:: 16 Works Cited
1877 words
(5.4 pages)
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The Study of Hebrew Diaspora - ... These people were the very first victims of the Hebrew Diaspora. However, close to nothing is known about what happened to these lost Israelites, which is why the Jewish Diaspora is often said to have started with the Babylonian Exile. When the Chaldeans (the New Babylonians) conquered Judah and destroyed the First Temple in Jerusalem, they exiled many of the Jews, just as the Assyrians did earlier on in the northern kingdom of Israel. While the deportations were undoubtedly massive, not all Jews were exiled....   [tags: judaism, land of israel, babylon] 1679 words
(4.8 pages)
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Saving The Hebrew People - The Hebrew people forced into slavery by Pharaoh were miraculous freed from bondage, and delivered out of Egypt. God miraculous moved in their behalf through Moses, leading them out of Egypt and through the desert, establishing His Covenant, Decalogue, Code of Laws, and instructions for the Tabernacle and priesthood making a nation for Himself. The Hebrew people cried out to God in the midst of their slavery to Pharaoh and He heard their cry. God spoke to Moses to be their deliverer while he was in the desert, through a burning bush....   [tags: Religion] 711 words
(2 pages)
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Social Implications and Consequences of the Hebrew Diaspora - ... Now there are many accounts for this but the one that I am specifically talking about is the Hebrew diaspora. A Hebrew diaspora doesn’t not particularly the holocaust. My question is Explain the reason for and the consequences of the Hebrew diaspora. What are modern implications of diaspora. This question is asking me to explain the consequences of the Hebrew diaspora and also what its modern implications are. The reasons for and consequences for the Hebrew diaspora vary in 3 different main points....   [tags: jewish learning, the holocaust] 1560 words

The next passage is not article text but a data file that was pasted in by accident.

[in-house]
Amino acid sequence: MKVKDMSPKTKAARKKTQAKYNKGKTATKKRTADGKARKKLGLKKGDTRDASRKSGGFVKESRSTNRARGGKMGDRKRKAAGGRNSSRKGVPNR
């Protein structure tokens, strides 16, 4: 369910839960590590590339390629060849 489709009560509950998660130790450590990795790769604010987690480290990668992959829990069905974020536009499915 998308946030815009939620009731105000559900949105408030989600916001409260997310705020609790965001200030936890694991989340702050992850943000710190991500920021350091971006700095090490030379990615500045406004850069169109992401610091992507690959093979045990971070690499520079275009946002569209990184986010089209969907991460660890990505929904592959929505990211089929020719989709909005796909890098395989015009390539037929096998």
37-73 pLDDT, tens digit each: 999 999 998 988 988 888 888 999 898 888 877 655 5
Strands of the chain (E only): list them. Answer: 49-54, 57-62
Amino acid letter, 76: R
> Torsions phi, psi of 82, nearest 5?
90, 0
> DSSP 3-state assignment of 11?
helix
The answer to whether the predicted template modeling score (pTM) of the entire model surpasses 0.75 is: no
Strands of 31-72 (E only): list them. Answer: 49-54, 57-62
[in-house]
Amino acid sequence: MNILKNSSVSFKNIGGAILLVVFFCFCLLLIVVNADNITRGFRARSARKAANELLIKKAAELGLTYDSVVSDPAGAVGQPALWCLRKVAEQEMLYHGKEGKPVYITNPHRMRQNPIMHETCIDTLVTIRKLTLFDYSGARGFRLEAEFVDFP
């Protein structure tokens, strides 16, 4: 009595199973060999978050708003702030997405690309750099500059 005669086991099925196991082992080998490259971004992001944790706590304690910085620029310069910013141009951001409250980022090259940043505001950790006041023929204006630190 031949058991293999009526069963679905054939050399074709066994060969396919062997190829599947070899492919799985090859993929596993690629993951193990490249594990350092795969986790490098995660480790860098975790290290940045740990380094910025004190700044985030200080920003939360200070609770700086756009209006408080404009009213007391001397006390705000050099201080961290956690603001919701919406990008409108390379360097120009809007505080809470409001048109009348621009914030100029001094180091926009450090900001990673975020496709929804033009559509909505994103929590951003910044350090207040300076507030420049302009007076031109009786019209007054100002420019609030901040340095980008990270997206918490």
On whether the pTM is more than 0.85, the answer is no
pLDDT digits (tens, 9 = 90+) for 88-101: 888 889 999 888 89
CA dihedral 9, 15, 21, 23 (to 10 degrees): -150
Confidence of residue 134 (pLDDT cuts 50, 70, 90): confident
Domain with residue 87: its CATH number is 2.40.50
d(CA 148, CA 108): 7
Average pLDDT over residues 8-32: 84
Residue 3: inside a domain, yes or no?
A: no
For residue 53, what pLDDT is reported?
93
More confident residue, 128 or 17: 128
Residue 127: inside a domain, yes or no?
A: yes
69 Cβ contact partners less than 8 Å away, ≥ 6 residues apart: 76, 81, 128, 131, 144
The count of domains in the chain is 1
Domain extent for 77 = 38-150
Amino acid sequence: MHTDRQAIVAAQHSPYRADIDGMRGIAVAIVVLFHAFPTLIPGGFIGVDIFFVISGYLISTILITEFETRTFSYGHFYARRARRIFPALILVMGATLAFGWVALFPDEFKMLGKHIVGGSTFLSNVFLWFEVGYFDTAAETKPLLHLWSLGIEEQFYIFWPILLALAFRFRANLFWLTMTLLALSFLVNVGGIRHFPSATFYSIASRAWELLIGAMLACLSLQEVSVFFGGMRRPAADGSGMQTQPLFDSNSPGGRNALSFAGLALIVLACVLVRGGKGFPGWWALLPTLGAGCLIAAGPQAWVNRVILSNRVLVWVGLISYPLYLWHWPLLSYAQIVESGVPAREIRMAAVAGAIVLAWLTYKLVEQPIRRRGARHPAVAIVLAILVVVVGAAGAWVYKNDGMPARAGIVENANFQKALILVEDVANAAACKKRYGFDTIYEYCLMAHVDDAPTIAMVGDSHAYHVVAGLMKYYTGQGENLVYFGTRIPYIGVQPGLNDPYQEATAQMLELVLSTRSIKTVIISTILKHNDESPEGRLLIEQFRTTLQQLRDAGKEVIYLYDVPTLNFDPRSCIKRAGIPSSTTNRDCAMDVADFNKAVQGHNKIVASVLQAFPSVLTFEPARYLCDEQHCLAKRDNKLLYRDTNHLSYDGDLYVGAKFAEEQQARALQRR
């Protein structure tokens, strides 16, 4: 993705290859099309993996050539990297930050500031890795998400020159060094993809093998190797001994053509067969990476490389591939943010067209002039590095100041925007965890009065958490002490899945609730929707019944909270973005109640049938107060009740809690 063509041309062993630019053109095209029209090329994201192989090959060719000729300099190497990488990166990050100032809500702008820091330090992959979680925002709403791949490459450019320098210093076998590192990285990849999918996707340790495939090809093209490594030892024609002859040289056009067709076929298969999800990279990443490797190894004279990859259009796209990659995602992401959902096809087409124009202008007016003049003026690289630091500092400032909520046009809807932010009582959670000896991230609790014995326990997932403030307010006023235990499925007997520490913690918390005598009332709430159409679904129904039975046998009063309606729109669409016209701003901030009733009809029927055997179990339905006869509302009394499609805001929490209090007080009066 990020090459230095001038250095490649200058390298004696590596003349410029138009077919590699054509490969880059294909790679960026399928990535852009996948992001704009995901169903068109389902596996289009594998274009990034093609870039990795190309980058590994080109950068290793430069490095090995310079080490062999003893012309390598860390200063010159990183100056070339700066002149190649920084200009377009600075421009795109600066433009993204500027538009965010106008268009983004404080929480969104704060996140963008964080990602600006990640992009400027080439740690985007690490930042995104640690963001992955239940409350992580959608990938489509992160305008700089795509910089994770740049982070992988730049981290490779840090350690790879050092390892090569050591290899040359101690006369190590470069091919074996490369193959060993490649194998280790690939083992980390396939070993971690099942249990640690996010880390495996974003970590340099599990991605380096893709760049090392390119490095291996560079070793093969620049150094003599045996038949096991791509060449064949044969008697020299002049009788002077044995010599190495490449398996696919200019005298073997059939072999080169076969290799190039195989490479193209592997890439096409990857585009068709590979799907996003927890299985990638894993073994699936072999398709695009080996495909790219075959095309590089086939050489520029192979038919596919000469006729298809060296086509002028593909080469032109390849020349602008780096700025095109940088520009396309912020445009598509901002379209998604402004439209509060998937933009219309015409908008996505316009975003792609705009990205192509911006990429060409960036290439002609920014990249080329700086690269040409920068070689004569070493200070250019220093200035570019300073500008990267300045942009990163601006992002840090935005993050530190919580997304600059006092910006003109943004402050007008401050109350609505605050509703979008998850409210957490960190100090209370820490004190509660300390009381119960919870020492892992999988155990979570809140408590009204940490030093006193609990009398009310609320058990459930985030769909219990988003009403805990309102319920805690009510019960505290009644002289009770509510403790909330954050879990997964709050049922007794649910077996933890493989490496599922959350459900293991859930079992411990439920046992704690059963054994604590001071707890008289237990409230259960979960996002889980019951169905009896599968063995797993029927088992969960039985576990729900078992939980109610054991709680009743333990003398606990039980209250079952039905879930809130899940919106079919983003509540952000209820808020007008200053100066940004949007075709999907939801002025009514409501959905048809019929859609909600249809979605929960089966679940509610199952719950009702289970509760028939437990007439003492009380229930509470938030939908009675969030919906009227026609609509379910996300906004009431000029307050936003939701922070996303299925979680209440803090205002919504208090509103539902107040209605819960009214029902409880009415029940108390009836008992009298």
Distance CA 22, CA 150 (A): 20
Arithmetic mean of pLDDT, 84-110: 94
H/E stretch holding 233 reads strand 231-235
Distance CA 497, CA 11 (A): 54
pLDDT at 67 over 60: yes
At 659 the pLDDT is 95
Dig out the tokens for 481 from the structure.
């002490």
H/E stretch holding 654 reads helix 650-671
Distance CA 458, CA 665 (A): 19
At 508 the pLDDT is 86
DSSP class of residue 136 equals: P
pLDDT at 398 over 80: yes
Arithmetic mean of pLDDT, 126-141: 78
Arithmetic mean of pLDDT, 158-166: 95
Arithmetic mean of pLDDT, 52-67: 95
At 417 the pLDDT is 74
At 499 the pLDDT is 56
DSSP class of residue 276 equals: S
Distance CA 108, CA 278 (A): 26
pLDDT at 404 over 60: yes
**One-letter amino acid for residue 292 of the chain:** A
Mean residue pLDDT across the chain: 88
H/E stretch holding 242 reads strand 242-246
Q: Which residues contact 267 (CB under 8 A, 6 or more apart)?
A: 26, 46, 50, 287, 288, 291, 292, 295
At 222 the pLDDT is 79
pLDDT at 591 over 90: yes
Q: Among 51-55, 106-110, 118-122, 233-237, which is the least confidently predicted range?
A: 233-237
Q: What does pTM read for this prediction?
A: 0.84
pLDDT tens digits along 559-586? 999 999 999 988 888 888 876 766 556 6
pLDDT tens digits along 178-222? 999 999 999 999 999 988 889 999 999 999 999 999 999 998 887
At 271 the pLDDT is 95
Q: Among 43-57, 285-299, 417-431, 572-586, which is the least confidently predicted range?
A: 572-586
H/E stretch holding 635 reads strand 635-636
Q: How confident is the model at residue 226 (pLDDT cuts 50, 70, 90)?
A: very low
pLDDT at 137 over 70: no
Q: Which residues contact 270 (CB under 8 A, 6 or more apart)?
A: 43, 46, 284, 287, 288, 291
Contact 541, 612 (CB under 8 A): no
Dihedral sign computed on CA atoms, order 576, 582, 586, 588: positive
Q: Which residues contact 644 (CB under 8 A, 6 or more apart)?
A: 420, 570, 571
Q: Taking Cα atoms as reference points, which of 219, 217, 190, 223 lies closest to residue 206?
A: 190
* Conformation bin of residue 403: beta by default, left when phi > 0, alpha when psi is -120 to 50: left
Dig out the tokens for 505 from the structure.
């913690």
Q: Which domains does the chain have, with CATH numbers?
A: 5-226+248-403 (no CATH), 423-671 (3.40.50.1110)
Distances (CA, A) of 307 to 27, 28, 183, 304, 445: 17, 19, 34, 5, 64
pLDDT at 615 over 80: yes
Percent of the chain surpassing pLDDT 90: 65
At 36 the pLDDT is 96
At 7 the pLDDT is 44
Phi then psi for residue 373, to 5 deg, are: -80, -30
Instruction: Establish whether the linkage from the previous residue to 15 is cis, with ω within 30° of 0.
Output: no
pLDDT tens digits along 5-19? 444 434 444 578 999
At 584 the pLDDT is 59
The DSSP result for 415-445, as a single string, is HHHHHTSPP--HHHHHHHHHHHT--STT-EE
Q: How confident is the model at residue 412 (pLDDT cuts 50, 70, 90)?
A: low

(4.5 pages)
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The Hebrew Scriptures - The Hebrew Scriptures Truth, scripture and revelation are three concepts that the Bible has been based on. Truth is defined as the way that things are or should be. It can relate to reality or wisdom. Truth can be communicated in a variety of ways. Literally which is facts and figures and can be shown in math and science. Figuratively which is metaphor and simile and can be shown in humanity. Symbolically in fine arts such as art, drama and music and also narratively such as stories, parables and myths....   [tags: essays research papers] 1798 words
(5.1 pages)
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Benjamin Harshav's Language in Time of Revolution: Hebrew and Yiddish - Benjamin Harshav’s “Language in Time of Revolution” teaches the reader that social factors, historical factors, willpower, and accidents of history brought back and revived the Hebrew and Yiddish language. This was important because it created the base for a new, secular Jewish society and culture to emerge again with their own language and a new social identity. This new social identity meant that there was a nationalistic movement toward having a common language, literature, and cultural heritage....   [tags: teachers, readers, cultures]
:: 4 Works Cited
1470 words
(4.2 pages)
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Egyptian, Babylonian, And Hebrew Religions - Egyptian, Babylonian, and Hebrew Religions Egyptians, Babylonians, and Hebrews have similarities yet also differences in their religions. The importance is not in the similarities as much as it is in the differences that distinguish the cultures from each other and their views on life. I would like to point out each civilization's creation and flood story. By analyzing these stories we can come to a better understanding of their world views. The Hebrew creation story from the book of Genesis is one that most people know well....   [tags: essays research papers fc]
:: 1 Works Cited
990 words
(2.8 pages)